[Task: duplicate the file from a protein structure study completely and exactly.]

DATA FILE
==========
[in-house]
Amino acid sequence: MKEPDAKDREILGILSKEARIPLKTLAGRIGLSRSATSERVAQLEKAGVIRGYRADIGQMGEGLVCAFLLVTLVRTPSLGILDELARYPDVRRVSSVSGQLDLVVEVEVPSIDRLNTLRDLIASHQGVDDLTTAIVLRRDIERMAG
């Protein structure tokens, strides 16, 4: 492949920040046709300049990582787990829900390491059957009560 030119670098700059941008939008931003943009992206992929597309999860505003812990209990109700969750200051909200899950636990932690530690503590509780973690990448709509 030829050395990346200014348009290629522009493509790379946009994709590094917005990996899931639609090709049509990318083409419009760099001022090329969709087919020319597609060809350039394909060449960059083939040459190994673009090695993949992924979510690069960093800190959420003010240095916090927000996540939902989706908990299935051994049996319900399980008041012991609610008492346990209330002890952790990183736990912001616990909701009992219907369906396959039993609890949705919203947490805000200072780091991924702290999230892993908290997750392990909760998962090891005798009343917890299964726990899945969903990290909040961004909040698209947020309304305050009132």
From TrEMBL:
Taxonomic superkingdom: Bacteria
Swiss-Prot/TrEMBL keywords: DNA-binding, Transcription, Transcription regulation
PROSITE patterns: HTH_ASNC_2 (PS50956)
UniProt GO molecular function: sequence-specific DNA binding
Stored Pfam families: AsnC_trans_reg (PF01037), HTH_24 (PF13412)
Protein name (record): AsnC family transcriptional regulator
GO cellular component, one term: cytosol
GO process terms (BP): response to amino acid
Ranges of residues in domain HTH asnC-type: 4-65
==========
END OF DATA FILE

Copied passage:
[in-house]
Amino acid sequence: MKEPDAKDREILGILSKEARIPLKTLAGRIGLSRSATSERVAQLEKAGVIRGYRADIGQMGEGLVCAFLLVTLVRTPSLGILDELARYPDVRRVSSVSGQLDLVVEVEVPSIDRLNTLRDLIASHQGVDDLTTAIVLRRDIERMAG
């Protein structure tokens, strides 16, 4: 492949920040046709300049990582787990829900390491059957009560 030119670098700059941008939008931003943009992206992929597309999860505003812990209990109700969750200051909200899950636990932690530690503590509780973690990448709509 030829050395990346200014348009290629522009493509790379946009994709590094917005990996899931639609090709049509990318083409419009760099001022090329969709087919020319597609060809350039394909060449960059083939040459190994673009090695993949992924979510690069960093800190959420003010240095916090927000996540939902989706908990299935051994049996319900399980008041012991609610008492346990209330002890952790990183736990912001616990909701009992219907369906396959039993609890949705919203947490805000200072780091991924702290999230892993908290997750392990909760998962090891005798009343917890299964726990899945969903990290909040961004909040698209947020309304305050009132």
From TrEMBL:
Taxonomic superkingdom: Bacteria
Swiss-Prot/TrEMBL keywords: DNA-binding, Transcription, Transcription regulation
PROSITE patterns: HTH_ASNC_2 (PS50956)
UniProt GO molecular function: sequence-specific DNA binding
Stored Pfam families: AsnC_trans_reg (PF01037), HTH_24 (PF13412)
Protein name (record): AsnC family transcriptional regulator
GO cellular component, one term: cytosol
GO process terms (BP): response to amino acid
Ranges of residues in domain HTH asnC-type: 4-65